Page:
By: Sam Doak
November 25 2022
There is no evidence that COVID-19 vaccines are linked to increases in stillbirths.
On November 21, 2022, an anti-vax documentary entitled "Died Suddenly" was released. In the days since, it has been viewed over seven million times. The documentary focuses on COVID-19 vaccines and makes a series of unfounded claims concerning their safety. At its core, it alleges that the COVID-19 pandemic and the distribution of these vaccines were a concerted effort to limit population growth.
A significant portion of Died Suddenly is dedicated to the topic of stillbirths. A caption onscreen states that "intrauterine fetal demise (also called stillbirth) occurs when a child dies in the womb at or after the 20th week of pregnancy. Before 2021, it was extremely uncommon."
The documentary presents testimony from several individuals who suggest a rise in rates of stillbirths can be attributed to the use of COVID-19 vaccines. Wallace Hooker, an embalmer, tells the audience, "The fetal demise in mothers, gestational mothers, in that 22-26 week period, I had a run of that in my funeral home. And five of the six were vaccinated, the other had Remdesivir, and they all lost their infants." Shortly after this, a graph is shown that claims to show a sharp increase in the number of stillbirths during 2021 and 2022.
Despite the claims made in Died Suddenly, there is no evidence that COVID-19 vaccinations cause stillbirths. In fact, there is a broad and growing body of scientific literature that refutes this. One study, conducted in the United States and published by JAMA, examined 100,000 participants and found no link between vaccination and unplanned termination of pregnancies. Additional peer-reviewed studies carried out in Canada and Norway support these findings.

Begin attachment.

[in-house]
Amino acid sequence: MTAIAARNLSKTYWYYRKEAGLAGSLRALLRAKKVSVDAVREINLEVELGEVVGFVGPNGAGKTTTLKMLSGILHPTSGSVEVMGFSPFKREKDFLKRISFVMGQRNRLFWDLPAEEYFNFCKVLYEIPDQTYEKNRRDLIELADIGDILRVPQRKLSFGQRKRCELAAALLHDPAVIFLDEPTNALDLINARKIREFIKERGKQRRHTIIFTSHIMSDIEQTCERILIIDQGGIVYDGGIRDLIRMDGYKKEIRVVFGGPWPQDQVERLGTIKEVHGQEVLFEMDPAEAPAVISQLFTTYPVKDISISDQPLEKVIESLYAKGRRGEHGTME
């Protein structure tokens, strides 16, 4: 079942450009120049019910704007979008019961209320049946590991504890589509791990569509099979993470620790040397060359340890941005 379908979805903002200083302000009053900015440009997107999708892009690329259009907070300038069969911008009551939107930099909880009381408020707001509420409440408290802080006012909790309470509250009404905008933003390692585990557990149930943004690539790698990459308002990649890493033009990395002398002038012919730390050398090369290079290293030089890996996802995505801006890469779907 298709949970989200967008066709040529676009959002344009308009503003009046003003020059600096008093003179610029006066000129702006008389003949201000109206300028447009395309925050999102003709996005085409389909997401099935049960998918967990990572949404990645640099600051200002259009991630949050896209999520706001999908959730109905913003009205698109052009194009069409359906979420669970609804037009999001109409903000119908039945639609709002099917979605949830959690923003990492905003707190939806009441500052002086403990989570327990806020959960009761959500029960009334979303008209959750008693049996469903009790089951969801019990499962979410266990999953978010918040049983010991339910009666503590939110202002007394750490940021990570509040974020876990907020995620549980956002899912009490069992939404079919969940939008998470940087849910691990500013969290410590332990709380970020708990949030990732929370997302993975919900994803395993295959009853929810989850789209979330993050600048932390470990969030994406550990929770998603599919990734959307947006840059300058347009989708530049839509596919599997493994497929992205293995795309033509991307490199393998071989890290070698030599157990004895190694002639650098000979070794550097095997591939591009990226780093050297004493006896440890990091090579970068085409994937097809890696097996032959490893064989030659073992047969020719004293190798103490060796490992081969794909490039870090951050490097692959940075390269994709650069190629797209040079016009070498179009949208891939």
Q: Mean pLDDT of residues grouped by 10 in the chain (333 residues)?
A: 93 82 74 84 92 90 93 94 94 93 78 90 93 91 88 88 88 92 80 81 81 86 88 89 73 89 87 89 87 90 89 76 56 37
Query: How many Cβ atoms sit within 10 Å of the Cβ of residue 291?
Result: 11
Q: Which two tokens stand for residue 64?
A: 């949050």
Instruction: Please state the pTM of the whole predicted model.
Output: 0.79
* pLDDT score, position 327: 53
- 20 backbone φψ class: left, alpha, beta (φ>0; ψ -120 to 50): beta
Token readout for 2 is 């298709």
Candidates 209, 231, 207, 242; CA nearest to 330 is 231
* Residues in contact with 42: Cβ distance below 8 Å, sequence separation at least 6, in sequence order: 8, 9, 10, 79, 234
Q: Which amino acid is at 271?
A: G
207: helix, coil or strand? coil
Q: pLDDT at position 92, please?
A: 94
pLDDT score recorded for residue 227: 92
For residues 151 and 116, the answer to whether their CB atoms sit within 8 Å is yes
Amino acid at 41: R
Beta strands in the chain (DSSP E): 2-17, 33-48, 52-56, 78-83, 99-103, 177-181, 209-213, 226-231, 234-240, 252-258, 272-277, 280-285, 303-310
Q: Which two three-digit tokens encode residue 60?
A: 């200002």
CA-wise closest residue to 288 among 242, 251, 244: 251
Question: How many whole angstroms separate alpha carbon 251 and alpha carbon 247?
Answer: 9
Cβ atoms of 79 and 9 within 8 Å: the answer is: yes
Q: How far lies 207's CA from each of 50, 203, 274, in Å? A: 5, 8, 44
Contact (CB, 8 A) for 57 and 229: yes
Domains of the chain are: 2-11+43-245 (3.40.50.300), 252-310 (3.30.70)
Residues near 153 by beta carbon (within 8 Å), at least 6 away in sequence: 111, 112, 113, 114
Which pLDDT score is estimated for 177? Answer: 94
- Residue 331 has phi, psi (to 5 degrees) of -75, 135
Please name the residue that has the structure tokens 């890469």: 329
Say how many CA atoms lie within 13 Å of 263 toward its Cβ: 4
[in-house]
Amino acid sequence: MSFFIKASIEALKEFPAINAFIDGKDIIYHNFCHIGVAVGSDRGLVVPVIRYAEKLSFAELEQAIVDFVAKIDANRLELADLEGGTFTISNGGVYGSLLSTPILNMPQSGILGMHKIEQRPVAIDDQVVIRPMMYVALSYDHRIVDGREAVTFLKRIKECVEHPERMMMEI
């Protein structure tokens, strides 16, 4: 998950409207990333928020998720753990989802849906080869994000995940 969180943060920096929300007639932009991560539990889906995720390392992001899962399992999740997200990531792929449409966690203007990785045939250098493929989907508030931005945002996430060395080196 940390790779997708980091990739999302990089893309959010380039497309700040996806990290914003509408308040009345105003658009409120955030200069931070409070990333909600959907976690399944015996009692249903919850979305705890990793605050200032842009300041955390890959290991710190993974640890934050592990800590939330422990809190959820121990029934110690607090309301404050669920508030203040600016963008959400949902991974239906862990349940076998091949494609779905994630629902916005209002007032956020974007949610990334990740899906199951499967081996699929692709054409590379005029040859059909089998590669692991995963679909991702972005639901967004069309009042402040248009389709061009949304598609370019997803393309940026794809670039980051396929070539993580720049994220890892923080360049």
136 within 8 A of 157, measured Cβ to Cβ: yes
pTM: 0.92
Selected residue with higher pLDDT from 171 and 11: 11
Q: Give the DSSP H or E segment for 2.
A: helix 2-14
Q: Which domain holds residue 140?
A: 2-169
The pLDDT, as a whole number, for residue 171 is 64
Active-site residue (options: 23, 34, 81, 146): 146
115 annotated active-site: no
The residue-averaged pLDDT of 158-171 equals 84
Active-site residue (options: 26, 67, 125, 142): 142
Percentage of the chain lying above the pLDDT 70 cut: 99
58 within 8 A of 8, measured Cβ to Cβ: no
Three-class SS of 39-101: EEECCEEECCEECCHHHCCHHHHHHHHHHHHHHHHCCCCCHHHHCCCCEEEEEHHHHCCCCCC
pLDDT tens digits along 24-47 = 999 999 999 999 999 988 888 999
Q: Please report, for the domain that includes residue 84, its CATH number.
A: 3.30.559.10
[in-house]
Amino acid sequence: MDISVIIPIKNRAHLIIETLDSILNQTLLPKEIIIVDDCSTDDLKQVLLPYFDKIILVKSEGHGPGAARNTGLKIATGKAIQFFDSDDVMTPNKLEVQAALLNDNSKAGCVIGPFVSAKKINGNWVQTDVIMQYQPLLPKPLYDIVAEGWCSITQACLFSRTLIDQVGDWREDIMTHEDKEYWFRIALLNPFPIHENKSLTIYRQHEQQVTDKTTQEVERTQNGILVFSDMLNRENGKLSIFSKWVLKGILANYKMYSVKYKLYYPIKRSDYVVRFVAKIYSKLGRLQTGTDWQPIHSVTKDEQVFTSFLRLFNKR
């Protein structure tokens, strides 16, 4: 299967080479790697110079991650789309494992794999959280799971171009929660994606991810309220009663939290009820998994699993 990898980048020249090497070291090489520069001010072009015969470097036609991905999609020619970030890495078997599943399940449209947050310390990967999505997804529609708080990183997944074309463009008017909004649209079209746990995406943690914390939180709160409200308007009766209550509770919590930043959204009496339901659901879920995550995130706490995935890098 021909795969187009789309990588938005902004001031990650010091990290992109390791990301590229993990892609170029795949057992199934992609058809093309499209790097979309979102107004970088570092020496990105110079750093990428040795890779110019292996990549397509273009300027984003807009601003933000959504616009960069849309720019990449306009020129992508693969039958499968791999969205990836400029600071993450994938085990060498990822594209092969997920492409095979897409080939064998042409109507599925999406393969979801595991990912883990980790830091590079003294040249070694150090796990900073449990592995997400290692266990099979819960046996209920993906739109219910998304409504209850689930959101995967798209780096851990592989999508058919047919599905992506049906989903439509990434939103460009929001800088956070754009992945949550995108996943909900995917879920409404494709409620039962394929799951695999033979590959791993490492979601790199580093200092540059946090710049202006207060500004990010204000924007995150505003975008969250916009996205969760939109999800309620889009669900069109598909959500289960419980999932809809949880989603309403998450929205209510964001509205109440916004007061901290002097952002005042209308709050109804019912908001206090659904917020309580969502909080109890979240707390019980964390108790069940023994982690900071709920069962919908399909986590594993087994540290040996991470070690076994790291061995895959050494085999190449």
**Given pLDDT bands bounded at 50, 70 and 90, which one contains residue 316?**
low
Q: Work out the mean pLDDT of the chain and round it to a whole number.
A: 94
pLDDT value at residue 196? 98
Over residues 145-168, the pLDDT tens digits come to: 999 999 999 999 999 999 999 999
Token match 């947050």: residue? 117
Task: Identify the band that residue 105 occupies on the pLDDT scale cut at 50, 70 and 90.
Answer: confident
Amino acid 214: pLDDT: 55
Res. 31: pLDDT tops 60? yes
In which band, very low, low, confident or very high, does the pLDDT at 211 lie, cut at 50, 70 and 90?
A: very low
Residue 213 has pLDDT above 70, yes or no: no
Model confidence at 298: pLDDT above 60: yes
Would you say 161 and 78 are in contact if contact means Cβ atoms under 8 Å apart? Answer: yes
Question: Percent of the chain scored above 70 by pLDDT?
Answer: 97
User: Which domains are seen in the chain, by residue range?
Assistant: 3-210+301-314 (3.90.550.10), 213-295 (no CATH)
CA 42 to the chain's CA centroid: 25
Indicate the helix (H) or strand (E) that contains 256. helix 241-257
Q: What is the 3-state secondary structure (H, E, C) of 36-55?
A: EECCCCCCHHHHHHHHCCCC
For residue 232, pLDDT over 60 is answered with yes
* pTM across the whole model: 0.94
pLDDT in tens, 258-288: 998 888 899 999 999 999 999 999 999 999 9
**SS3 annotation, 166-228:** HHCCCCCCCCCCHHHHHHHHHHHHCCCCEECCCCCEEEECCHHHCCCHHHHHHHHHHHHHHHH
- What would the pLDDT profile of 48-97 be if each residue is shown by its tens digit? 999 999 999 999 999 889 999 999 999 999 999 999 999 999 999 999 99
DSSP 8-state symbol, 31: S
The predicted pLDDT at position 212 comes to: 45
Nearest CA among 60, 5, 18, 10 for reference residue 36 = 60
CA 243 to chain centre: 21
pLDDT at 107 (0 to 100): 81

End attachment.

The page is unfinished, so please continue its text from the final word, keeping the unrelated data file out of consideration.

The graph presented by Died Suddenly as evidence of a sharp increase in miscarriages is sourced from the website Openvaers. This site draws from publicly available data from the Vaccine Adverse Event Reporting System (VAERS) but has consistently been used by anti-vaccine figures to push unfounded narratives concerning the safety of vaccines. A previous iteration of this graph went viral earlier this year, but when investigated by the Associated Press, fact-checkers could not replicate the same results from VAERS data. Similarly, Logically has been unable to ascertain where in this data the author of the graph shown in Died Suddenly derived their figures from.
While being unable to replicate Openvaers's figures is troubling, it should also be stated that VAERS data is not a sound means of demonstrating changes in the annual numbers of stillbirths. The VAERS website is explicit in the limitations of the data it provides, cautioning, "VAERS reports can be submitted voluntarily by anyone, including healthcare providers, patients, or family members. Reports vary in quality and completeness. They often lack details and sometimes can have information that contains errors." It goes on to advise that a "report to VAERS generally does not prove that the identified vaccine(s) caused the adverse event described. It only confirms that the reported event occurred sometime after vaccine was given. No proof that the event was caused by the vaccine is required in order for VAERS to accept the report."
While numerous countries have recorded increasing numbers of stillbirths over the course of the pandemic, studies have shown that COVID-19 infection is linked to higher risks of such occurrences. Disruption to maternal healthcare and the effects of lockdowns have also been cited as factors that could contribute to this reality.
There is no evidence that COVID-19 vaccines increase the risk of stillbirths. This has been shown in numerous peer-reviewed studies. Using data from Openvaers to support such a claim is highly dubious given the site's history of being used to misrepresent data. It must also be noted that, given the limitations of VAERS data, it is not a suitable source from which to draw proof of such a link. This claim has therefore been marked as false.